Panyako slams 13 counties yet to honour 2017 nurses CBA

January 4, 2018 3:16 pm
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Among the counties Panyako is calling out include Bungoma, Nyeri, Nakuru, Laikipia, Homa Bay, Elgeyo Marakwet, Tharaka Nithi, Makueni, Kakamega, Wajir, Kirinyaga, Murang’a and Kericho counties/FILE

, NAIROBI, Kenya, Jan 4 – The Secretary General of the Kenya National Union of Nurses (KNUN) Seth Panyako has called on nurses from 13 counties that are yet to honour the return-to-work formula signed on November 2 to prepare themselves for salary parades from January 11 if their dues are not paid by Thursday close of business.

Among the counties Panyako is calling out include Bungoma, Nyeri, Nakuru, Laikipia, Homa Bay, Elgeyo Marakwet, Tharaka Nithi, Makueni, Kakamega, Wajir, Kirinyaga, Murang’a and Kericho counties.

“As a consequence to the above, the union now issues a notice to the offending counties, to pay all the nurses their outstanding dues immediately and in any case, not later than close of business today,” he cautioned.

Speaking in Nairobi, Panyako slammed the 13 counties who had reneged on their promise in a signed in the return to work formula saying they had been shortchanged after holding the end of their bargains.

“All county governments were to pay the nurses the arrears which were withheld during the industrial action on or before 31st of December 2017,” he said.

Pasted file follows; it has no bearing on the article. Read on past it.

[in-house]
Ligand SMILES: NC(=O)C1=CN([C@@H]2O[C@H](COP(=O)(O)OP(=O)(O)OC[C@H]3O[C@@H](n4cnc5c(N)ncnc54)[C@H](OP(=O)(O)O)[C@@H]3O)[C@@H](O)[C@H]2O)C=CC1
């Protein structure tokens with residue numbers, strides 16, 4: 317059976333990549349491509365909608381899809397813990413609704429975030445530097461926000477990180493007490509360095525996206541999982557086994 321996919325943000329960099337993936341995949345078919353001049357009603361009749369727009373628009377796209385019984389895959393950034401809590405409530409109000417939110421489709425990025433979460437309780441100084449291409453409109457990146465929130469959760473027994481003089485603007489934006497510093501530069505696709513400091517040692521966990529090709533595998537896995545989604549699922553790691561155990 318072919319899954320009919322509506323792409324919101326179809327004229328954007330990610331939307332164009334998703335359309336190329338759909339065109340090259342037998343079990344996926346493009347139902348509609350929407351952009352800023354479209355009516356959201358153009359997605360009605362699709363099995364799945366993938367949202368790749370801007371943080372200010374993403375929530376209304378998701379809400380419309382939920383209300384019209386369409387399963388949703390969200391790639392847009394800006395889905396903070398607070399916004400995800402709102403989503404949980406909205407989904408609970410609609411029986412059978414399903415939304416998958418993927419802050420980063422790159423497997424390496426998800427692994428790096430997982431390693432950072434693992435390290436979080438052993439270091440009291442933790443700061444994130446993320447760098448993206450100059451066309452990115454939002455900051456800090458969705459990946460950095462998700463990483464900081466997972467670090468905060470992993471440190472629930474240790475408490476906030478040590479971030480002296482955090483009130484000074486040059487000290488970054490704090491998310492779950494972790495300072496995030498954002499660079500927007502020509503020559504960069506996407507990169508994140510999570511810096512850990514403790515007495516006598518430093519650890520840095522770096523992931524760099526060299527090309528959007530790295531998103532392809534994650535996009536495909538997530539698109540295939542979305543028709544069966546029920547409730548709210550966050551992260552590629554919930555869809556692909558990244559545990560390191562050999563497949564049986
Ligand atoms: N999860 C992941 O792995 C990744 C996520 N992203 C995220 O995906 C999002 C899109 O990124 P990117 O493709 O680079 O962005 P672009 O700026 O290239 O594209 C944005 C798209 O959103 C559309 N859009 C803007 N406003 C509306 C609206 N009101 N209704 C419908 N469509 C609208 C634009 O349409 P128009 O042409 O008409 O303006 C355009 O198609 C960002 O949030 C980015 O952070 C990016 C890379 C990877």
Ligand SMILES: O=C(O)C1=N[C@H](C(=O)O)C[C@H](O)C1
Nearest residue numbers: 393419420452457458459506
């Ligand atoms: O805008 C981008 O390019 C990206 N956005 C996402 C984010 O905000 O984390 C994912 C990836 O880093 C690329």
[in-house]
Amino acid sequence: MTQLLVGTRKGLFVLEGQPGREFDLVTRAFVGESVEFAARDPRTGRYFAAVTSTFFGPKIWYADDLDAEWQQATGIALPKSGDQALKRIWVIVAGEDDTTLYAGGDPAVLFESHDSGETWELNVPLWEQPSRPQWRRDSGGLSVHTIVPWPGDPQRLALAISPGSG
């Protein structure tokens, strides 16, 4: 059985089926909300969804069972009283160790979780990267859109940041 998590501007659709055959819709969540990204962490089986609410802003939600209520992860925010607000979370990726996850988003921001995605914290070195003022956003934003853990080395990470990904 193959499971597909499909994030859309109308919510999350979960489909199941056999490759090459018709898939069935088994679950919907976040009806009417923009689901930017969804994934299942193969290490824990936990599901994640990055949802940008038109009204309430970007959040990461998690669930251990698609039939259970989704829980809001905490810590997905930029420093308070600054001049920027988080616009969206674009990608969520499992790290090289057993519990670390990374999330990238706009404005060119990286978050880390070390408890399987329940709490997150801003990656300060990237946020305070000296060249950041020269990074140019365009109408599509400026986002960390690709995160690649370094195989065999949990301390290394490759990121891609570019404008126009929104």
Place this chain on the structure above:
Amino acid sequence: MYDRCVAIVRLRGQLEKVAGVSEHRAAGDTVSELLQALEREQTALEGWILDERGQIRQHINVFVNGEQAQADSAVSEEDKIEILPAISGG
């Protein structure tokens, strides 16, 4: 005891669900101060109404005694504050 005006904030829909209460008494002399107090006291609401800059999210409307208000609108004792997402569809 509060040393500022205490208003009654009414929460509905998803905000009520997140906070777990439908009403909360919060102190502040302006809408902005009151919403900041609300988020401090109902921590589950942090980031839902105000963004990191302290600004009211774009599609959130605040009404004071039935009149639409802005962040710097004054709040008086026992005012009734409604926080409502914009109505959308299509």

Panyako was crystal clear that the union was not calling for a strike. What he said they will do is to hold salary parades until they get their dues.

“We also call on our members in the concerned governments to prepare for daily salary parades at their respective governor’s offices with effect from 11th January 2018 until outstanding salaries are paid.”

Nurses agreed to resume work on November 3 while the government promised to remit withheld salaries by November 30 after the Council of Governors, Ministry of Health and Kenya National Union of Nurses (KNUN) signed a Collective Bargaining Agreement (CBA) ending the 151 days nurses’ strike.

He also took the opportunity to condemn the Assumption of Sisters whom he said are supposed to emulate Jesus Christ, but turned into ravenous wolves, devouring health workers at St Mary’s Hospital Langata after they won the ownership dispute case which had lasted for seven years.

“We condemn the beastly actions taken by the Catholic Church and warn the employing agency – St Mary’s Sisters of Assumption – to respect industrial labour mechanisms while dealing with employees,” Panyako warned.

He called on all faith-based hospitals to respect the nurse’s rights to join the unions of their choice saying they have a right to choose who will represent them.

“We request all faith-based hospitals not to trample on employees rights and allow their nurses to be represented by the union of their choice.”

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